I believe that Southwest Airlines is facing exactly this challenge. The Southwest Visa card offers a boost toward elite status and toward a Companion Pass, but if you don’t need the boost or if you can’t reach these objectives even with the boost, then you might as well use a cash back card.

  16. Agree with Chris, could mostly care less about DL as I won’t focus my earn with a program where the lowest level saver awards are basically a lie.

    I am probably one of the few who would actually welcome a WN-type program where I know exactly how much my miles are worth and can spend them on any flight I want. Would be great to actually be able to use my miles on flights where cheap leisure fares are available as I do now with WN. Also means fewer miles used during frequent biz class sales.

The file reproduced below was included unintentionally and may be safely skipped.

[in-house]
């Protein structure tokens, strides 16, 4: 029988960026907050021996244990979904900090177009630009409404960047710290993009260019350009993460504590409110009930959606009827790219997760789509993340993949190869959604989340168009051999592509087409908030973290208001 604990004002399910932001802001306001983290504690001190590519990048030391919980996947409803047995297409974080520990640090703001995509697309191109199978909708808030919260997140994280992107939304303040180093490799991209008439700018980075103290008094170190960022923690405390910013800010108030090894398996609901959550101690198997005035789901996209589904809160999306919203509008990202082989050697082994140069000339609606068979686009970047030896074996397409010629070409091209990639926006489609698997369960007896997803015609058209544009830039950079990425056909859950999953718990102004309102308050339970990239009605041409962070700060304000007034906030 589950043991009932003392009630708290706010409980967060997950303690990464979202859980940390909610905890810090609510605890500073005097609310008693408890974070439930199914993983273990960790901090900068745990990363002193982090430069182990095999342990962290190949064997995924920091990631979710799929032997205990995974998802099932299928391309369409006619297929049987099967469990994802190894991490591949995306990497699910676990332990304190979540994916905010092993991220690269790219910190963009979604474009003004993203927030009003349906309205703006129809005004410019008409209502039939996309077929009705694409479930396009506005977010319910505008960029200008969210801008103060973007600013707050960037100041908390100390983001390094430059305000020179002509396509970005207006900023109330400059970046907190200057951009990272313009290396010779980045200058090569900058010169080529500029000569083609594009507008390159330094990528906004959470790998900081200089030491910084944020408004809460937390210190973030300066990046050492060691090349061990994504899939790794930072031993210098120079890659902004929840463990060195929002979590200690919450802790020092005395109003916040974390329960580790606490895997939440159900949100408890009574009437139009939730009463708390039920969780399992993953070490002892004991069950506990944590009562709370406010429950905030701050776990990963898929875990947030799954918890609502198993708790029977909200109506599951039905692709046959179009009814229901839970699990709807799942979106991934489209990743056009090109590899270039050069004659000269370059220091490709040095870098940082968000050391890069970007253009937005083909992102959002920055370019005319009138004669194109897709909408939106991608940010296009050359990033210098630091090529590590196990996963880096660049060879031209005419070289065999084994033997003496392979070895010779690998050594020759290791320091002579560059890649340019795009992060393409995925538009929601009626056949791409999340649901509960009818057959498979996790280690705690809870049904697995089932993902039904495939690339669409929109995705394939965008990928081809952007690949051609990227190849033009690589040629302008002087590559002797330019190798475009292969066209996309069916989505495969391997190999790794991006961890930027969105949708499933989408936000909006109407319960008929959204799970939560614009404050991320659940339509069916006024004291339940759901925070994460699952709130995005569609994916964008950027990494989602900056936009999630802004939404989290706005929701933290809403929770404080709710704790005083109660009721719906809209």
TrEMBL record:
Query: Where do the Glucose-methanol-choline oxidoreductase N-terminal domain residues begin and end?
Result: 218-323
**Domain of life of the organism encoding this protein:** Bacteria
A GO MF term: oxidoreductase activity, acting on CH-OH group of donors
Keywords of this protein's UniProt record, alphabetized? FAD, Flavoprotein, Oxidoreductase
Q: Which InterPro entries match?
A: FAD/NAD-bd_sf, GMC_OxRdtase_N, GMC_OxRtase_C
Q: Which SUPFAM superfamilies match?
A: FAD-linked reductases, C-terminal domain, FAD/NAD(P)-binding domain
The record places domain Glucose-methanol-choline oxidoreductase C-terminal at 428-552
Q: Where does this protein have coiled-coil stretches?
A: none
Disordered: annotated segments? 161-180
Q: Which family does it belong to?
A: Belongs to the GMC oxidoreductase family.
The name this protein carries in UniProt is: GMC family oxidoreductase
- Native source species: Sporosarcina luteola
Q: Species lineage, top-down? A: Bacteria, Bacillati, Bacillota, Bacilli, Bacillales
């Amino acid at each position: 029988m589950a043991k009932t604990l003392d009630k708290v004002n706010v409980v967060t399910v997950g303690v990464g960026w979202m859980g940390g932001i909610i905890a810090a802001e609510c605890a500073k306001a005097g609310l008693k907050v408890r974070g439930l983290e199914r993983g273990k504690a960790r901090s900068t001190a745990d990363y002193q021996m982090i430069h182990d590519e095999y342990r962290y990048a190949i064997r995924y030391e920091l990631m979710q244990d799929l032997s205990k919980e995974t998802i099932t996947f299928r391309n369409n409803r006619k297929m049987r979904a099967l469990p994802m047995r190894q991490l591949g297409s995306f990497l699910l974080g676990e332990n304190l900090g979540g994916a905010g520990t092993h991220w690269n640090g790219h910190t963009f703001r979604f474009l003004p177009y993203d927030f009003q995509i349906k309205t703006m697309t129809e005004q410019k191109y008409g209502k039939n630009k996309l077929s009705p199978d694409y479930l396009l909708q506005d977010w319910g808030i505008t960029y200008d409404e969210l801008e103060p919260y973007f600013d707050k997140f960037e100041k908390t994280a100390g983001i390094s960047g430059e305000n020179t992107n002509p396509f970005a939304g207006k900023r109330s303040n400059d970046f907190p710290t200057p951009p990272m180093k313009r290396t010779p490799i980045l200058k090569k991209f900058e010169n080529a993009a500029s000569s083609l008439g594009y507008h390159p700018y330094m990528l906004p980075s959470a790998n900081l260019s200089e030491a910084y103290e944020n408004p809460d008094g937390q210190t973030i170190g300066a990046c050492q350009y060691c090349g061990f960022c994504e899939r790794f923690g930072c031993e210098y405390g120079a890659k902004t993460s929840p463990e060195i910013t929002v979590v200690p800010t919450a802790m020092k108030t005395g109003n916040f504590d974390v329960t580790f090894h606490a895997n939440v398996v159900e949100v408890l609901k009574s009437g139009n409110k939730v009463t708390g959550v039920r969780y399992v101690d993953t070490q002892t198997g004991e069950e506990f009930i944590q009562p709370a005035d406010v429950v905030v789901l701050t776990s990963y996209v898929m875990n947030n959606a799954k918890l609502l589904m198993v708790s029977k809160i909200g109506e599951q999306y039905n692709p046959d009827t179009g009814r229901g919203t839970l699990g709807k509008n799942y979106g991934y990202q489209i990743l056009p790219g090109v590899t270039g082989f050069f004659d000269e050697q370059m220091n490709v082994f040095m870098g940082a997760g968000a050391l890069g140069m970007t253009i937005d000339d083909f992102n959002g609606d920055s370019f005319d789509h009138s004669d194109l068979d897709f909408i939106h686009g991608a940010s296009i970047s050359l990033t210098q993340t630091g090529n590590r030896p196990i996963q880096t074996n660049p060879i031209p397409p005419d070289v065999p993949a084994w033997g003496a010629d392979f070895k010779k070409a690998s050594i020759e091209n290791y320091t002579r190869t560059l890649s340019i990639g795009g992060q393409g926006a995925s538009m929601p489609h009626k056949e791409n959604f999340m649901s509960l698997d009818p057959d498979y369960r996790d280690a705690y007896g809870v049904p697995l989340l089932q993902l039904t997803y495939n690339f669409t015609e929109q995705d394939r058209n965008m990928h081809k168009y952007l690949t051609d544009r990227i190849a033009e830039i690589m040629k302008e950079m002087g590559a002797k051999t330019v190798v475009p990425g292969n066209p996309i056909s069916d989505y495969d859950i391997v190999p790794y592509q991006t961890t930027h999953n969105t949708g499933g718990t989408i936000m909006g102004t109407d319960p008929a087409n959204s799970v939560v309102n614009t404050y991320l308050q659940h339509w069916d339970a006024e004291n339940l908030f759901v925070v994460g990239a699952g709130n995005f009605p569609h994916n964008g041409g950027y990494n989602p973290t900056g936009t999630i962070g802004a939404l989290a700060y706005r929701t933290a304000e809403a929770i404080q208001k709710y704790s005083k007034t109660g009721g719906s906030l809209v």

However as NSX notes this may finally be the tipping point for credit card users to defect to cash back cards, which would actually hit the airlines in the pocketbook. WN is close to the over/under @1.4cpm – anything less than 1.5% means cash cards are a no-brainer.

  17. “if redemptions go revenue based, then there will be ZERO motivation for someone to accumulate ‘miles’ using a branded airline card. plenty of cards have 2% cash back.”

    Correction: there will be zero motivation for educated consumers. Everyone else won’t even know about the cards with 2% cashback (and there are not plenty of those, anyway).